The question of what constitutes ex parte communications with a Panel Qualified Medical Evaluator and objectionable non-medical information was addressed by the Workers’ Compensation Appeals Board in Catalina Torres v. Pacific Coast Products and Pacific Compensation Insurance Co. (2013 Cal. Wrk. Comp. P.D. LEXIS 287). In consideration of these issues the Court relied upon Labor Code § 4062.3 and California Code of Regulations § 35.

Applicant sustained an admitted industrial injury on August 8, 2006 to her spine, right upper extremity, and right knee and claimed she sustained injury to right lower extremity and psyche. Dale Baumbach, Ph.D., evaluated the applicant as panel QME in psychology. In his first report dated September 5, 2008, Dr. Baumbach noted that the applicant was accompanied by her daughter. In his report dated October 30, 2009, he reported comments from the daughter about the applicant’s eating, activities and memory. In his reported dated April 13, 2010, he reported the he interviewed applicant’s daughter and described what the daughter reported. In a report dated July 13, 2010, he responded to a letter from defense counsel requesting his review of another medical report; however the letter from defense counsel did not mention the interviews with applicant’s daughter.

On February 21, 2012, defense counsel deposed Dr. Baumbach and questioned him about his interviews with the applicant’s daughter. On May 14, 2012, defendant filed a Petition to Strike the reports of Dr. Baumbach and requested a new panel in psychology. The WCJ issued a Findings of Fact and Order dated October 29, 2012 denying the Petition reasoning that defendant’s delay in raising the issue was more of a concern then the alleged ex parte communications. Defendant filed a Petition for Removal requesting that the WCAB rescind the Order on the grounds that applicant engaged in substantive ex parte communications with a panel QME amounting to a due process violation.

In addressing these issues, the Court opined first that the communications between the daughter and the QME were not ex parte communications because the daughter was not a party. The Court based its decision on the following statutory language:
1. If a party communicates with the agreed medical evaluator or the qualified medical evaluator …the aggrieved party may elect to terminate the medical evaluation…Labor Code § 4062.3 (g)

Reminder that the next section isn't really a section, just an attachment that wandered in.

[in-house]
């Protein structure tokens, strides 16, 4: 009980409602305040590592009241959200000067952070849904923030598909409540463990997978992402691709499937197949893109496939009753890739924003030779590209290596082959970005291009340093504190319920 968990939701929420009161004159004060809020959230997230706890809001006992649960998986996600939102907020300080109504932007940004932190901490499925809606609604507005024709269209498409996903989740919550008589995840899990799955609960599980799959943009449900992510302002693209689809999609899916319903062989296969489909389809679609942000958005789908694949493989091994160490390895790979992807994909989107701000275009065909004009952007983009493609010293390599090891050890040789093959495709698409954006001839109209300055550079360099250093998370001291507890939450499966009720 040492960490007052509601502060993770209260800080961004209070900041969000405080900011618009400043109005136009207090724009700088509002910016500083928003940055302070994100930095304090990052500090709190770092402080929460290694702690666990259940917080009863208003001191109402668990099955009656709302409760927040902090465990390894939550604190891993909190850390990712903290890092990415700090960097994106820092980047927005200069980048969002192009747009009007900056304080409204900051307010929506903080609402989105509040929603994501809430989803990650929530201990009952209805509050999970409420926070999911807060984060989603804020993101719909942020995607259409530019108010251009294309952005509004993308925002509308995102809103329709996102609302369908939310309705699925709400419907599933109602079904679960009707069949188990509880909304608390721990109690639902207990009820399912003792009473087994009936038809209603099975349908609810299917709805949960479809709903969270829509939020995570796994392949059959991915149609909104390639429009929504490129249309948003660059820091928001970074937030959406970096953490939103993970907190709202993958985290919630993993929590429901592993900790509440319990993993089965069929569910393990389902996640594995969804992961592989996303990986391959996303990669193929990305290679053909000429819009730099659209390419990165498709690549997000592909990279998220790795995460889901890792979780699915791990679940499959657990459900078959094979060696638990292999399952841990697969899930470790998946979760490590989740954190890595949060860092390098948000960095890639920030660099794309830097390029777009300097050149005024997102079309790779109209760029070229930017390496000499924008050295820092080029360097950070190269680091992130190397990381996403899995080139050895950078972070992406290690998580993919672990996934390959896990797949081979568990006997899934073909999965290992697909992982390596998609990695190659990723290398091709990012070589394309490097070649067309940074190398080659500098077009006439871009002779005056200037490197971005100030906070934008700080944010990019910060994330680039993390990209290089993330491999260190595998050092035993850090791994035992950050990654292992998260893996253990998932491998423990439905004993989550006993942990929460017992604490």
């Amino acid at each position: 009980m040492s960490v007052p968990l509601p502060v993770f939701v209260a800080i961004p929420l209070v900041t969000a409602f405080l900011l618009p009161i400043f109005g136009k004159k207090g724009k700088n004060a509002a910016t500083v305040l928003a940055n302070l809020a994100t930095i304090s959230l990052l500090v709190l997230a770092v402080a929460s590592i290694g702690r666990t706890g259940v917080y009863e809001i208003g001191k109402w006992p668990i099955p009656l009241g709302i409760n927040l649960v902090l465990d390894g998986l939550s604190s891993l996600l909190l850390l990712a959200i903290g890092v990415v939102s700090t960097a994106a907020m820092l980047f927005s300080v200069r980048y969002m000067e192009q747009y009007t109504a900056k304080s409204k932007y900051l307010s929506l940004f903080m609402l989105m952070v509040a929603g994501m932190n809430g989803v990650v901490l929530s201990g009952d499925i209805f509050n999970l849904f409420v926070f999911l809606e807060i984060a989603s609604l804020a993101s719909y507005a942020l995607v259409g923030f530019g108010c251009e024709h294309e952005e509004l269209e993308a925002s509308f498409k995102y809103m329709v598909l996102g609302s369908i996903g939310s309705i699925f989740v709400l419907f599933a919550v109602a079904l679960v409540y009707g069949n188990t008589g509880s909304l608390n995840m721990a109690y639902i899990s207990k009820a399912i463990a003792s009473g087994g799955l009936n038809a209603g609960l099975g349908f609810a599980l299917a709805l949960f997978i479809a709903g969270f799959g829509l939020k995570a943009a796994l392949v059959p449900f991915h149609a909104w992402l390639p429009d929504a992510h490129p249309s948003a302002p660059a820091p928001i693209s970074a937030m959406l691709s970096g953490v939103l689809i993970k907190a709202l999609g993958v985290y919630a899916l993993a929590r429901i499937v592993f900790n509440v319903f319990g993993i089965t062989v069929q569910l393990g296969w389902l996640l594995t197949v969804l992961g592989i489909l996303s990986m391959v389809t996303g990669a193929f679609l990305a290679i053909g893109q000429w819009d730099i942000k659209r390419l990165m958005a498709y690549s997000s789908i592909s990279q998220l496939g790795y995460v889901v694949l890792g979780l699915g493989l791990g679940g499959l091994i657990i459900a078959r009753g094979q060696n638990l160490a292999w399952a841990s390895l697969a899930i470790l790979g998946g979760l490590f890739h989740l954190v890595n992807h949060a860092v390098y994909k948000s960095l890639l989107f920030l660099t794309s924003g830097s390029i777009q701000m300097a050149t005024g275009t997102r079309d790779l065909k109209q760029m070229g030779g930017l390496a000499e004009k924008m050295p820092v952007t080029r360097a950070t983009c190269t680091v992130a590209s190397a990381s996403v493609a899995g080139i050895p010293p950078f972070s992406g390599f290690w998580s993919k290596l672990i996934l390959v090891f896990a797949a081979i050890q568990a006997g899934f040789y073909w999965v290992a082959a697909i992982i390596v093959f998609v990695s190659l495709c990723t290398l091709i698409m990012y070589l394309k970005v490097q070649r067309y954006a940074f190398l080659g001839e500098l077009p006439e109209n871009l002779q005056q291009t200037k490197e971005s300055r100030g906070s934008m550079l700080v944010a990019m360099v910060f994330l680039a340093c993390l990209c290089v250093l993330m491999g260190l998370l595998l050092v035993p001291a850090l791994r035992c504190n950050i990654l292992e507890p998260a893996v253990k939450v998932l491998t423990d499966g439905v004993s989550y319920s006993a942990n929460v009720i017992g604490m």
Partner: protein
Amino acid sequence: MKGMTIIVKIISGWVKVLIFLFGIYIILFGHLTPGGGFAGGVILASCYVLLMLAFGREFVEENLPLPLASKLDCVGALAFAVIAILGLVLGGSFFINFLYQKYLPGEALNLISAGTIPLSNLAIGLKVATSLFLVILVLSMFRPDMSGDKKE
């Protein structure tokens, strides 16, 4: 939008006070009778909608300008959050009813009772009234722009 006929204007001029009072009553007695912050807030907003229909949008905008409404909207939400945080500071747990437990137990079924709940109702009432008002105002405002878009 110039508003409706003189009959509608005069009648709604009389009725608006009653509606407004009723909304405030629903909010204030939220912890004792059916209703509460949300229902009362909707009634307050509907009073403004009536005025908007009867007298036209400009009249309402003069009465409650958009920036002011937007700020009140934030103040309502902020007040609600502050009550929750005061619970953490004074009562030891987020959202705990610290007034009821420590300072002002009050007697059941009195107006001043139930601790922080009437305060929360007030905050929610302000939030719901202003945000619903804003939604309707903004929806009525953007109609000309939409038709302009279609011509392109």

2. The party making the communication prohibited by this section shall be subject to being charged with contempt… Labor Code § 4062.3 (h)
3. If any party communicates with an evaluator in violation of Labor Code Section 4062.3. the Medical Director shall provide the aggrieved party with a new panel… Cal. Code Reg.§ 35(k).

The Court then addressed the issue of whether the communications between the daughter and the panel QME amounted to “nonmedical information” objectionable under Labor Code § 4062.3(b) and concluded, in fact, that the conversations were subject to this provision. However, since neither the statute nor the regulation sets forth a time frame in which an objection must be lodged the Court determined that the defendant should have objected with in a “reasonable time” standard. As such, the Court affirmed the Order denying the Petition To Strike because defendant unreasonably delayed by waiting nearly two years in objecting when it was on notice of the potentially objectionable communications based on the April 13, 2010 report, which explicitly discussed the interview with the daughter.


The relevance of this ruling to employers/carriers is the Court’s determination that input from third parties such as friends, family members, significant others, at a QME or AME, while not improper ex parte communications, may reasonably be regarded as objectionable non-medical information. Employers/carriers should therefore carefully review panel QME and AME reports and be on the lookout for potential input from third parties particularly when the report notes that the applicant was accompanied by such a person. If there is suspicion that an evaluator relied on information from a third party but it is not clearly indicated in the report, then the evaluator should be deposed to determine if the evaluator did so. If, as in this case, the report clearly identifies that the evaluator relied on input from third parties, an objection letter should be sent and a Petition to Strike filed immediately